The DZ Flash is the most recognisable distinguishing feature on clothing and uniforms for the identification of different Airborne Units.
They were initially introduced in order to meet the requirement for rapid indentification to quickly rally and co-ordinate Airborne Forces on Drop Zones and at RV points. The standard Denison Smock initially carried no identifying marks on its camouflage pattern leading to the development of painted and/or stitched symbols on the back of over smocks in 1944.
These were of various colours and shapes which have not been formally recorded but have been remembered by veterans as:
7th Battalion: Green triangle with white border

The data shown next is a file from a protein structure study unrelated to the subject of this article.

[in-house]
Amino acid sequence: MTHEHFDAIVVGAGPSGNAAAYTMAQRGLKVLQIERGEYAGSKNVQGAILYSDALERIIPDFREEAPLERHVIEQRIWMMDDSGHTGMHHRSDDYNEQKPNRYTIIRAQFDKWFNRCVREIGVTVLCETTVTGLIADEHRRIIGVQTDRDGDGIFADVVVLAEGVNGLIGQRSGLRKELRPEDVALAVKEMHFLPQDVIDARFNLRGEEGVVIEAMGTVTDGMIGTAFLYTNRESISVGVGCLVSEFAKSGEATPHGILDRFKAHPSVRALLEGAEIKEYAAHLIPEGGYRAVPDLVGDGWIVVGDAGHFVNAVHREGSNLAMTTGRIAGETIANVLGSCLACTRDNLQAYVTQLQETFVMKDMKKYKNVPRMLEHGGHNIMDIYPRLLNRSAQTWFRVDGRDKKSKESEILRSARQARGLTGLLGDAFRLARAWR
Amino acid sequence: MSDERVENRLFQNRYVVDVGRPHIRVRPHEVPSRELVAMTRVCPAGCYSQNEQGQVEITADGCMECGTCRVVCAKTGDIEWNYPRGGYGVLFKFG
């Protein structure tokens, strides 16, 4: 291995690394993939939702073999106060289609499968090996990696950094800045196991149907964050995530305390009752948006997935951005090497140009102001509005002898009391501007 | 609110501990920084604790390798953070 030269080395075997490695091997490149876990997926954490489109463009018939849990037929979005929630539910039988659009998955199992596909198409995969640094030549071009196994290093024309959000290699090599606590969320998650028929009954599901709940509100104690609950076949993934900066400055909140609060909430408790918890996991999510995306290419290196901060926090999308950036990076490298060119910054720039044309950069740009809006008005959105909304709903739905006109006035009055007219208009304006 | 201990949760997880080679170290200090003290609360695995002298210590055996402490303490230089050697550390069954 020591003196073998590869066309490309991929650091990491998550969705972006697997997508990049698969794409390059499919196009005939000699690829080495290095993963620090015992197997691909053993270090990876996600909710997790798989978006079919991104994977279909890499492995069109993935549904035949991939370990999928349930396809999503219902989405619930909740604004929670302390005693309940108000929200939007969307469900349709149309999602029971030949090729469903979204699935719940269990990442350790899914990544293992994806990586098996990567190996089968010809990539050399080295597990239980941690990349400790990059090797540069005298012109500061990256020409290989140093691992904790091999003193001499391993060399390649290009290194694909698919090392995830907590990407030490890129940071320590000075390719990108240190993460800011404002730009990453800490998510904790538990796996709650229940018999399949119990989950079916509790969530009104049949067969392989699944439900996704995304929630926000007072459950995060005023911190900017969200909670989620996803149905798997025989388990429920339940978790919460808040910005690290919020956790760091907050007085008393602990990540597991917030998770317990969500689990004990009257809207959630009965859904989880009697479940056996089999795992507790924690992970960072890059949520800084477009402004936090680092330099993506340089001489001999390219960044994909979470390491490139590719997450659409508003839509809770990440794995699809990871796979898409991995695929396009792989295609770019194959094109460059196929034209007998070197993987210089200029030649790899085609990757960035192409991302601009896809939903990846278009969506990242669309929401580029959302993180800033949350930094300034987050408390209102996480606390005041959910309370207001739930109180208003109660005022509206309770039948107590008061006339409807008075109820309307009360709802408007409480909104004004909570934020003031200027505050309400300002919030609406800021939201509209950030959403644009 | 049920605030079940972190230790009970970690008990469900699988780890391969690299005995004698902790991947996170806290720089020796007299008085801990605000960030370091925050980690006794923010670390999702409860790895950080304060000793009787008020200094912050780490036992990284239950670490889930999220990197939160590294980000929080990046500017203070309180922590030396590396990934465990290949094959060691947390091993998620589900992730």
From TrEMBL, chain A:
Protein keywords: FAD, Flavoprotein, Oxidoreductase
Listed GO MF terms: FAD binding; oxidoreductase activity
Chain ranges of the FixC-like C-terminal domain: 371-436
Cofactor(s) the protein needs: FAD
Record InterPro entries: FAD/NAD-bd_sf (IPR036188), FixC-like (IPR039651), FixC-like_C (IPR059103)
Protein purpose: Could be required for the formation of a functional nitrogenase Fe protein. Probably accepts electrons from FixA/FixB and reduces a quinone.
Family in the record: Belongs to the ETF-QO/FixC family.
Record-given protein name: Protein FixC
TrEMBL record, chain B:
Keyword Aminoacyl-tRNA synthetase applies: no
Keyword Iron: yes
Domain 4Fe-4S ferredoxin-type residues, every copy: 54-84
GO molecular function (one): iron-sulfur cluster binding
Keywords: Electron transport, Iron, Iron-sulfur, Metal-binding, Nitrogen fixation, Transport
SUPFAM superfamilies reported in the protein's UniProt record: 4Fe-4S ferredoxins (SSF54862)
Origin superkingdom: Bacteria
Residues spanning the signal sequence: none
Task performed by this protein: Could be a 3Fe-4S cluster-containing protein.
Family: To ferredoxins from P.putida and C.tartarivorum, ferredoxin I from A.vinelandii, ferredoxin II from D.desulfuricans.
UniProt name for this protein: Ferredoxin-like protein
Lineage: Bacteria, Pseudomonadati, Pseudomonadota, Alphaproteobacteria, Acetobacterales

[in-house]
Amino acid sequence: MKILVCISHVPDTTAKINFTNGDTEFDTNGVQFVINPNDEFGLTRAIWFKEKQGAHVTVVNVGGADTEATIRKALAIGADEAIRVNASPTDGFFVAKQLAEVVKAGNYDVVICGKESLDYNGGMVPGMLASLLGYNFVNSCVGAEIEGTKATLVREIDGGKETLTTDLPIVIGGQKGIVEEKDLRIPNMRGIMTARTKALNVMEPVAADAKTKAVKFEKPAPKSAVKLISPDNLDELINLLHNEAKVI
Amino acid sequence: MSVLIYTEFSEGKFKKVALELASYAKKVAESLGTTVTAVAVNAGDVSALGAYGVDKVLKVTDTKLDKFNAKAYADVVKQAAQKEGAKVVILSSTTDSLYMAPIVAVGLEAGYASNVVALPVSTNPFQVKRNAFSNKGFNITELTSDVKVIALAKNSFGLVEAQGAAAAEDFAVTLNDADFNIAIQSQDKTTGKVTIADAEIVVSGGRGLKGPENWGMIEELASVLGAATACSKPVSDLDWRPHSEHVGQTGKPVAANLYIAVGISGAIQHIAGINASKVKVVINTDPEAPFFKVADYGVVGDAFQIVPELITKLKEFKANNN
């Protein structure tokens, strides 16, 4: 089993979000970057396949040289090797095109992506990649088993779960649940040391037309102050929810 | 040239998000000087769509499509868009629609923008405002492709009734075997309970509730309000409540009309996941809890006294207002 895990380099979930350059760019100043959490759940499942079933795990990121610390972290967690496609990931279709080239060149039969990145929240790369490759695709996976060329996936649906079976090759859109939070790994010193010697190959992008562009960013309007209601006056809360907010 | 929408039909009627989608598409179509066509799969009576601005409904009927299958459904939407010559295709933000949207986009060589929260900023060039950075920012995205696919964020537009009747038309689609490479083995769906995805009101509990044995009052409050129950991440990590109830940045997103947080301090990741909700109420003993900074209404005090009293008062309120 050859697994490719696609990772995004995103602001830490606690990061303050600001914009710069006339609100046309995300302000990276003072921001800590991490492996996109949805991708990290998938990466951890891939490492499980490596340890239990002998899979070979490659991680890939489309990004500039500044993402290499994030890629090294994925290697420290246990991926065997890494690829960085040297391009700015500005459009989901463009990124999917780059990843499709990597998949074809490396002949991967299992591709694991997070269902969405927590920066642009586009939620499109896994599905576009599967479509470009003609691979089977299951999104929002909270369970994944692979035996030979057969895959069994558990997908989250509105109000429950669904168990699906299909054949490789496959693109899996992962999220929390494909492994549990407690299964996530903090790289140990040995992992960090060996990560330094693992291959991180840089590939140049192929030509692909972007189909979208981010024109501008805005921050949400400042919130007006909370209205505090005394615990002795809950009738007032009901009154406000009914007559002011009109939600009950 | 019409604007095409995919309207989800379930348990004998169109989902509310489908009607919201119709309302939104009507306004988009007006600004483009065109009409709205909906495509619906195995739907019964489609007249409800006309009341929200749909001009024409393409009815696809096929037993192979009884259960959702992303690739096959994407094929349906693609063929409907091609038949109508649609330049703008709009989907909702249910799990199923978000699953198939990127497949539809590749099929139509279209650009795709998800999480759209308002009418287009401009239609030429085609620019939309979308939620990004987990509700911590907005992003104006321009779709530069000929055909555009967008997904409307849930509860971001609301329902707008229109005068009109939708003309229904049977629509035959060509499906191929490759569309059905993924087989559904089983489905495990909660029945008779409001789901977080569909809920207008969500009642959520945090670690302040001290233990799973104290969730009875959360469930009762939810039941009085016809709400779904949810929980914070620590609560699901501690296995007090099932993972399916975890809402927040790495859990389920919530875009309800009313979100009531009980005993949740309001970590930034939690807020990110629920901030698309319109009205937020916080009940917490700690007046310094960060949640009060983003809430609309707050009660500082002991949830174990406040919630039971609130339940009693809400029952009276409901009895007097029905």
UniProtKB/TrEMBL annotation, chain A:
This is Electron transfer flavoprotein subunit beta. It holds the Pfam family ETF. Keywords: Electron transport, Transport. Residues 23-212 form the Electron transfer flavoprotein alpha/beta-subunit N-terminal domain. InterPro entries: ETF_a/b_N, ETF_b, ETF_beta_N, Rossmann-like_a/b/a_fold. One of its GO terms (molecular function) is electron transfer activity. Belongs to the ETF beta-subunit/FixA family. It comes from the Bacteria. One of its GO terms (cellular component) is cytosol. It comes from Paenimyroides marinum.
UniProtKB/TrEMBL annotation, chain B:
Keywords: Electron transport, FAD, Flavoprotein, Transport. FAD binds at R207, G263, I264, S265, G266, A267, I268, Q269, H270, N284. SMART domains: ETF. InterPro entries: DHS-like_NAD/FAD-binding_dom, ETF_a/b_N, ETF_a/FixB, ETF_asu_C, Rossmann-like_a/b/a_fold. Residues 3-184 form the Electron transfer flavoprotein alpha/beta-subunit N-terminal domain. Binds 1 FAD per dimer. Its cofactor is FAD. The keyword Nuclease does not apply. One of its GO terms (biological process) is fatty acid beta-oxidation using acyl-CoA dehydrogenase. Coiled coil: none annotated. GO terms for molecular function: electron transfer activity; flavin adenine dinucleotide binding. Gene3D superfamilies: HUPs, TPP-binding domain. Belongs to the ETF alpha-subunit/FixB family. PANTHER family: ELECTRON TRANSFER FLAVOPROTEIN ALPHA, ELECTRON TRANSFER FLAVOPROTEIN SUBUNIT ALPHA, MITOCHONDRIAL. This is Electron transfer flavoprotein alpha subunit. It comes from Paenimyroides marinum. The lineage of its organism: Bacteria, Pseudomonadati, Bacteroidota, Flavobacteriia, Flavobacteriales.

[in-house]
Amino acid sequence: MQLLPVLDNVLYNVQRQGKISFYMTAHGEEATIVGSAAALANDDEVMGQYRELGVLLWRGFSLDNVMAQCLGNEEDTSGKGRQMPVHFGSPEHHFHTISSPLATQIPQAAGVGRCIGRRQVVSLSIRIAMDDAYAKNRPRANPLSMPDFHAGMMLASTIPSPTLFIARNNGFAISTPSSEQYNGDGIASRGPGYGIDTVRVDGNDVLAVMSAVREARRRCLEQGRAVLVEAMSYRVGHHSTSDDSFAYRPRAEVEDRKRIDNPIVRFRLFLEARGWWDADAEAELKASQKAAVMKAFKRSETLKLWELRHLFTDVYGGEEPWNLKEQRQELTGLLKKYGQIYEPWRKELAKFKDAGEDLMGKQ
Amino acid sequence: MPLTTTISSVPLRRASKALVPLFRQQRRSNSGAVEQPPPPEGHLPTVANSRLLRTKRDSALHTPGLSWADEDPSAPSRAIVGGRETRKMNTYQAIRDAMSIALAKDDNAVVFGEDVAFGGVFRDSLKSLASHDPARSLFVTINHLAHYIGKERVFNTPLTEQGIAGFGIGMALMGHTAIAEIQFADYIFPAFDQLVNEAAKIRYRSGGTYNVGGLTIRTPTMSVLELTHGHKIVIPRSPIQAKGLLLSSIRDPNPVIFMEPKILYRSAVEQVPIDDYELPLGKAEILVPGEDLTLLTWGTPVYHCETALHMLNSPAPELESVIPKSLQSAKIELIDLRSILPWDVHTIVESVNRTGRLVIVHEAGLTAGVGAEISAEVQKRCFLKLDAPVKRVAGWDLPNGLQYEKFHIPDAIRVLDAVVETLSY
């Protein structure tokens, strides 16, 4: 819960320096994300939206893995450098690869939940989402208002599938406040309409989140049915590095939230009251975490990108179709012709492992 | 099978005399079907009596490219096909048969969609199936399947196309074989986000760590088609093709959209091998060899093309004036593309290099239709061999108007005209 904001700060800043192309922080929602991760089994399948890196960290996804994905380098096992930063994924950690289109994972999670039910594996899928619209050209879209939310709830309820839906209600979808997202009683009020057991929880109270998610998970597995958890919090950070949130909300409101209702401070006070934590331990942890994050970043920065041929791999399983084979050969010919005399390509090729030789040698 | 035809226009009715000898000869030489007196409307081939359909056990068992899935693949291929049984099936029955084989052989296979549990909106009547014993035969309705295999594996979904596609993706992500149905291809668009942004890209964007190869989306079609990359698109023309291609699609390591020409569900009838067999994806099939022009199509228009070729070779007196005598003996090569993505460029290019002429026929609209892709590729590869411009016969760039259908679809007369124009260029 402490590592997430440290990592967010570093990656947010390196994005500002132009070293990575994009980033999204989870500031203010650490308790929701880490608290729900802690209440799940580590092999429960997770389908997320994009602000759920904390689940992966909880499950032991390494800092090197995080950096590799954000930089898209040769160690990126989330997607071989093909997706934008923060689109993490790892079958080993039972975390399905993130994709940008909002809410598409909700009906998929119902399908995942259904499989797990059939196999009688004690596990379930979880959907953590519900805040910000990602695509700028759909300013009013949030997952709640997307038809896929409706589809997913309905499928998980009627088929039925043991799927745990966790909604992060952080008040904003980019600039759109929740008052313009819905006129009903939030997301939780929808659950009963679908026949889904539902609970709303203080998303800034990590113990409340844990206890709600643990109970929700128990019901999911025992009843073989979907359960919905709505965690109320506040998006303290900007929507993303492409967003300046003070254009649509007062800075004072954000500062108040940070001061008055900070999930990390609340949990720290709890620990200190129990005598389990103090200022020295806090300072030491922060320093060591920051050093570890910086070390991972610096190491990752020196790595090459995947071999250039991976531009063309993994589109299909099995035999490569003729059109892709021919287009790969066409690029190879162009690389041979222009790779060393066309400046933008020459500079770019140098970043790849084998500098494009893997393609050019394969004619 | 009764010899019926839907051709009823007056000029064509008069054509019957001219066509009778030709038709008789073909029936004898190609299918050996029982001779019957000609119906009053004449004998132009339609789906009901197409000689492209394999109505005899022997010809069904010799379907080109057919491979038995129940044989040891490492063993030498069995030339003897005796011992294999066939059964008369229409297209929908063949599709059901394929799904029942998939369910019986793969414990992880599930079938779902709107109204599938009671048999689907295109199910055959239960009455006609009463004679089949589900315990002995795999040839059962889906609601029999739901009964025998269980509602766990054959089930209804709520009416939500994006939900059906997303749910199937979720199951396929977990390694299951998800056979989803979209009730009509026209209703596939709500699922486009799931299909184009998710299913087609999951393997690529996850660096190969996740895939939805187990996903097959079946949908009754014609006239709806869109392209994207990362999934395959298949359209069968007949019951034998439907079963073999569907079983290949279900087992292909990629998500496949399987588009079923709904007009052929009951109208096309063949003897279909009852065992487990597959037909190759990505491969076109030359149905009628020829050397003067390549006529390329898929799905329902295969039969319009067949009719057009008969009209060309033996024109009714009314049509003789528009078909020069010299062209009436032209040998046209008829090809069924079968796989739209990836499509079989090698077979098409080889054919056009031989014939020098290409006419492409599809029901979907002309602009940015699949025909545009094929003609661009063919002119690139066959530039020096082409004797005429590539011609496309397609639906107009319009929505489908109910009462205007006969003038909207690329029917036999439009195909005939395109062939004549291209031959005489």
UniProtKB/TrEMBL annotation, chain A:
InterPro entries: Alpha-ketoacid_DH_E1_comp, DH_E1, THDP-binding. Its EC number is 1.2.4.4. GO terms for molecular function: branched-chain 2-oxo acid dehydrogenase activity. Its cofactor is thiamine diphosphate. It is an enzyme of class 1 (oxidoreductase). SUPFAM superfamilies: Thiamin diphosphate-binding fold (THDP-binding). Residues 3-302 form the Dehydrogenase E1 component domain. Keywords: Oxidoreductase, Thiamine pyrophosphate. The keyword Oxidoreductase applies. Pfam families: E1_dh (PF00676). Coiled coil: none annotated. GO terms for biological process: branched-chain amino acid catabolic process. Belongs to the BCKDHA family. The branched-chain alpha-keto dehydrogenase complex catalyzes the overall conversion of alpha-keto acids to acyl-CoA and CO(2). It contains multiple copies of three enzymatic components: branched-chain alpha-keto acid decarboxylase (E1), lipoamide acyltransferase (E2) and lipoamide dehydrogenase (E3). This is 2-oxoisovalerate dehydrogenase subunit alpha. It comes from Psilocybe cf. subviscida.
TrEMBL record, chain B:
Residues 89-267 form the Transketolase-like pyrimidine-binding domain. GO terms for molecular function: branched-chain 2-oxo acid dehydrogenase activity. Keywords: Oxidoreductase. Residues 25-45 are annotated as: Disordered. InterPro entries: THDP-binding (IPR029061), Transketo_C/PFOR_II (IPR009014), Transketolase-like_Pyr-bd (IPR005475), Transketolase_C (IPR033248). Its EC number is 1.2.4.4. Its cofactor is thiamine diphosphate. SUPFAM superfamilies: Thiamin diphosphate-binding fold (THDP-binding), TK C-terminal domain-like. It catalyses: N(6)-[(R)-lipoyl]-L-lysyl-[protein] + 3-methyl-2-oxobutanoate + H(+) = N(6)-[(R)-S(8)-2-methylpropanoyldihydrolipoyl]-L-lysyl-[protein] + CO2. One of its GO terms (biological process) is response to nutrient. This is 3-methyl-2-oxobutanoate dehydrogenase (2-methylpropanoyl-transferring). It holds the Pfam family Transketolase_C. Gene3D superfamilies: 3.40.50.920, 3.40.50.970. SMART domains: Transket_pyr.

8th Battalion: Yellow disc
9th Battalion: Skull and crossbones
3rd Para Brigade: Celanese air recognition triangle of yellow attached to their smocks
These proved impractical being approximately 50cm in height. Later these markings became smaller and were transferred to the arm, with some records stating that 2” x 2” squares were worn on the right sleeve by 12th Battalion for Op Varsity. These rapidly became known as Drop Zone or “DZ” flashes and were in widespread use by the early 1950s.
They could be manufactured from materials such as cotton or felt with both woven and printed designs and be presented in either a square or diamond design.
The DZ flash should not be confused with the smaller Tactical Recognition Flash (TRF) introduced and used by the rest of the Army.